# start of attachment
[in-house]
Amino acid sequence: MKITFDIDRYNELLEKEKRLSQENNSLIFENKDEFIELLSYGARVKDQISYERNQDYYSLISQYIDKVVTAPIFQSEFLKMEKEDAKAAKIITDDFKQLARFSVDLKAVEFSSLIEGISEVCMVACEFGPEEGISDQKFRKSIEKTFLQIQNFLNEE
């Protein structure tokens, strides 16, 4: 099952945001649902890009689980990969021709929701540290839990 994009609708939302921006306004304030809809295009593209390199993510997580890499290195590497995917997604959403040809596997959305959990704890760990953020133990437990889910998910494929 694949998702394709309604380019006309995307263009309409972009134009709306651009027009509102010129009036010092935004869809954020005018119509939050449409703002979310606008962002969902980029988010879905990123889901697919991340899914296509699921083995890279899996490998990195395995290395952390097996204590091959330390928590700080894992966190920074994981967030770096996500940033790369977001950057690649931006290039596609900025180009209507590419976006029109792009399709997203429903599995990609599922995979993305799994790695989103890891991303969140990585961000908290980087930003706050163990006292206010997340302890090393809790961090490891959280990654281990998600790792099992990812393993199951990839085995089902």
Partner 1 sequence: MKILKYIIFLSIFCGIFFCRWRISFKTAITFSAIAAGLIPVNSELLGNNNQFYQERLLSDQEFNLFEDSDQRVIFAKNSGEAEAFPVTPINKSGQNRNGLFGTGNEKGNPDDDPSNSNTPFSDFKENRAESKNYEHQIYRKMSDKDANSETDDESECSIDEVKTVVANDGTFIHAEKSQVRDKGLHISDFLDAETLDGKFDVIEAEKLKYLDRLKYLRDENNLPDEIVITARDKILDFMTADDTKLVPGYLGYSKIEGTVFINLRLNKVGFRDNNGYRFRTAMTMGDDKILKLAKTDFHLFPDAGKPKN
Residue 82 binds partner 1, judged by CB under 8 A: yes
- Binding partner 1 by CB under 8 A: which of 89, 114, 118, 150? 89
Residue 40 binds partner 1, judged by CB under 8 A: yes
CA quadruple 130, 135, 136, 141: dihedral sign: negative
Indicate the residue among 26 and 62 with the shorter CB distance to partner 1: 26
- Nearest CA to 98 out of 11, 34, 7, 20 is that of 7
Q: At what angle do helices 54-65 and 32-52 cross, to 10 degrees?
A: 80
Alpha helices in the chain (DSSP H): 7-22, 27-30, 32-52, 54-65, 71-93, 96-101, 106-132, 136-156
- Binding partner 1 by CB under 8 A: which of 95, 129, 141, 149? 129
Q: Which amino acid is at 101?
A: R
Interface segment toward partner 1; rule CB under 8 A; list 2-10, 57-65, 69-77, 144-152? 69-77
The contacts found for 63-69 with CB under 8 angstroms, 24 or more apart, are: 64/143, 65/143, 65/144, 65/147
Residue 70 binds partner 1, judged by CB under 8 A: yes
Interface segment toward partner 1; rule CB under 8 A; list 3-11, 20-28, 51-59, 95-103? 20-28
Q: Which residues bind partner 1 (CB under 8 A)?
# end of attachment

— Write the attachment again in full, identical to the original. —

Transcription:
[in-house]
Amino acid sequence: MKITFDIDRYNELLEKEKRLSQENNSLIFENKDEFIELLSYGARVKDQISYERNQDYYSLISQYIDKVVTAPIFQSEFLKMEKEDAKAAKIITDDFKQLARFSVDLKAVEFSSLIEGISEVCMVACEFGPEEGISDQKFRKSIEKTFLQIQNFLNEE
């Protein structure tokens, strides 16, 4: 099952945001649902890009689980990969021709929701540290839990 994009609708939302921006306004304030809809295009593209390199993510997580890499290195590497995917997604959403040809596997959305959990704890760990953020133990437990889910998910494929 694949998702394709309604380019006309995307263009309409972009134009709306651009027009509102010129009036010092935004869809954020005018119509939050449409703002979310606008962002969902980029988010879905990123889901697919991340899914296509699921083995890279899996490998990195395995290395952390097996204590091959330390928590700080894992966190920074994981967030770096996500940033790369977001950057690649931006290039596609900025180009209507590419976006029109792009399709997203429903599995990609599922995979993305799994790695989103890891991303969140990585961000908290980087930003706050163990006292206010997340302890090393809790961090490891959280990654281990998600790792099992990812393993199951990839085995089902």
Partner 1 sequence: MKILKYIIFLSIFCGIFFCRWRISFKTAITFSAIAAGLIPVNSELLGNNNQFYQERLLSDQEFNLFEDSDQRVIFAKNSGEAEAFPVTPINKSGQNRNGLFGTGNEKGNPDDDPSNSNTPFSDFKENRAESKNYEHQIYRKMSDKDANSETDDESECSIDEVKTVVANDGTFIHAEKSQVRDKGLHISDFLDAETLDGKFDVIEAEKLKYLDRLKYLRDENNLPDEIVITARDKILDFMTADDTKLVPGYLGYSKIEGTVFINLRLNKVGFRDNNGYRFRTAMTMGDDKILKLAKTDFHLFPDAGKPKN
Residue 82 binds partner 1, judged by CB under 8 A: yes
- Binding partner 1 by CB under 8 A: which of 89, 114, 118, 150? 89
Residue 40 binds partner 1, judged by CB under 8 A: yes
CA quadruple 130, 135, 136, 141: dihedral sign: negative
Indicate the residue among 26 and 62 with the shorter CB distance to partner 1: 26
- Nearest CA to 98 out of 11, 34, 7, 20 is that of 7
Q: At what angle do helices 54-65 and 32-52 cross, to 10 degrees?
A: 80
Alpha helices in the chain (DSSP H): 7-22, 27-30, 32-52, 54-65, 71-93, 96-101, 106-132, 136-156
- Binding partner 1 by CB under 8 A: which of 95, 129, 141, 149? 129
Q: Which amino acid is at 101?
A: R
Interface segment toward partner 1; rule CB under 8 A; list 2-10, 57-65, 69-77, 144-152? 69-77
The contacts found for 63-69 with CB under 8 angstroms, 24 or more apart, are: 64/143, 65/143, 65/144, 65/147
Residue 70 binds partner 1, judged by CB under 8 A: yes
Interface segment toward partner 1; rule CB under 8 A; list 3-11, 20-28, 51-59, 95-103? 20-28
Q: Which residues bind partner 1 (CB under 8 A)?